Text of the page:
As much as he tried, he couldn’t get rid of these strange additional zeroes that appeared when he used one of his tools. He simply couldn’t.

Night fell over Dublin. The last 49 bus, parked at Trinity College across the Guarda Station, was ready to swallow Axel and bring him back to Rathfarnham. The driver checked his mobile behind closed doors waiting for the clock to say 23.20. Then he pressed the button and the doors opened wide, but his only passenger was amiss…

Axel sits in the skies above Dublin, watching a cavalcade of large orange trucks scampering about like insects below. The Custom House is jubilantly lit during the night. The trucks are blocking the road, preparing for St Patrick’s Parade. Surrounded by the silence of resting cranes, glancing over the darkness of the Liffey, not wanting to return from the top of the skyscraper to the cracked pavement, he wonders what it is, this invisible force, something beyond human reach, something that surpasses his technical knowledge, something above his UNIX and his SQL statements, something not in touch with his jovial Java upbringing, something that still attaches this dead patron to life.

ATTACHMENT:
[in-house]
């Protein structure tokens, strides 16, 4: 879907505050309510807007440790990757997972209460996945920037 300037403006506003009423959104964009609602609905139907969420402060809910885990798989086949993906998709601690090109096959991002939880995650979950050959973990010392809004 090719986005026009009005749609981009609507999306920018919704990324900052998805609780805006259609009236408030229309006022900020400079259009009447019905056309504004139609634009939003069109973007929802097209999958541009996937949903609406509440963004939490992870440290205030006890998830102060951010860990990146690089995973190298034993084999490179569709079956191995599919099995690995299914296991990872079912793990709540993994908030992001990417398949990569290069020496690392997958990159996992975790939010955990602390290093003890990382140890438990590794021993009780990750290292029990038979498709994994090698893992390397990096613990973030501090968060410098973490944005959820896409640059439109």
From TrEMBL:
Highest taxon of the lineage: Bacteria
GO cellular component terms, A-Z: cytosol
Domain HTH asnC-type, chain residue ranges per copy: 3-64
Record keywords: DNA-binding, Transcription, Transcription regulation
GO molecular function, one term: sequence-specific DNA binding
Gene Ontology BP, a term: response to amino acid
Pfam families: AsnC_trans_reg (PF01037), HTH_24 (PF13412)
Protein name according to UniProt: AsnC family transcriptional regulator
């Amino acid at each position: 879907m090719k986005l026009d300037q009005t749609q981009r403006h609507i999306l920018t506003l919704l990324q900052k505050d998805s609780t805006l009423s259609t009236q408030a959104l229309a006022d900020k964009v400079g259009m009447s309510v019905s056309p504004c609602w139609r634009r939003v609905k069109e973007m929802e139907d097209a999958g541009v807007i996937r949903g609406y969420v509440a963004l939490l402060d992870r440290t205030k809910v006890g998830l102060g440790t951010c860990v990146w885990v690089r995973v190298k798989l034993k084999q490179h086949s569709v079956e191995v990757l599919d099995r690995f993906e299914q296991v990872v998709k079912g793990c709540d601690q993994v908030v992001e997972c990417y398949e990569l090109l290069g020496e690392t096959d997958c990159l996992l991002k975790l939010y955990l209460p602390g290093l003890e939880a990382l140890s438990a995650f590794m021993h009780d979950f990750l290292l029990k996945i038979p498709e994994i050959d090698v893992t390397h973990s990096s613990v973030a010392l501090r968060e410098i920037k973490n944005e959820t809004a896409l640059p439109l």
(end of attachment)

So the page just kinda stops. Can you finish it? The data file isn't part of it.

Margarita Meklina

Margarita Meklina

Bilingual essayist and fiction writer Margarita Meklina was born in Leningrad and shares her life between Dublin, Ireland, and the San Francisco Bay Area. Meklina is an author of six books in Russian (two of them in collaboration with Lida Yusupova and Arkadii Dragomoshchenko) and two, the YA novel The Little Gaucho Who Loved Don Quixote, and a collection of short stories A Sauce Stealer, in English. Meklina’s awards include the Andrei Bely Prize (2003), the Yeltsin Center’s Russian Prize (2008), the Aldanov Literary Prize (2018) and the Norton Girault Literary Prize’s Honorable Mention (2019). With Anne Fisher, she co-curated “Life Stories, Death Sentences,” a folio of LGBTQ+ literature translated from Russian and, together with The Brooklyn Rail/In Translation, facilitated a multilingual reading in New York City, to coincide with the 50th Anniversary of Stonewall riots.

Bilingual essayist and fiction writer Margarita Meklina was born in Leningrad and shares her life between Dublin, Ireland, and the San Francisco Bay Area. Meklina is an author of six books in Russian (two of them in collaboration with Lida Yusupova and Arkadii Dragomoshchenko) and two, the YA novel The Little Gaucho Who Loved Don Quixote, and a collection of short stories A Sauce Stealer, in English. Meklina’s awards include the Andrei Bely Prize (2003), the Yeltsin Center’s Russian Prize (2008), the Aldanov Literary Prize (2018) and the Norton Girault Literary Prize’s Honorable Mention (2019). With Anne Fisher, she co-curated “Life Stories, Death Sentences,” a folio of LGBTQ+ literature translated from Russian and, together with The Brooklyn Rail/In Translation, facilitated a multilingual reading in New York City, to coincide with the 50th Anniversary of Stonewall riots.

Leave a Comment

Your email address will not be published. Required fields are marked *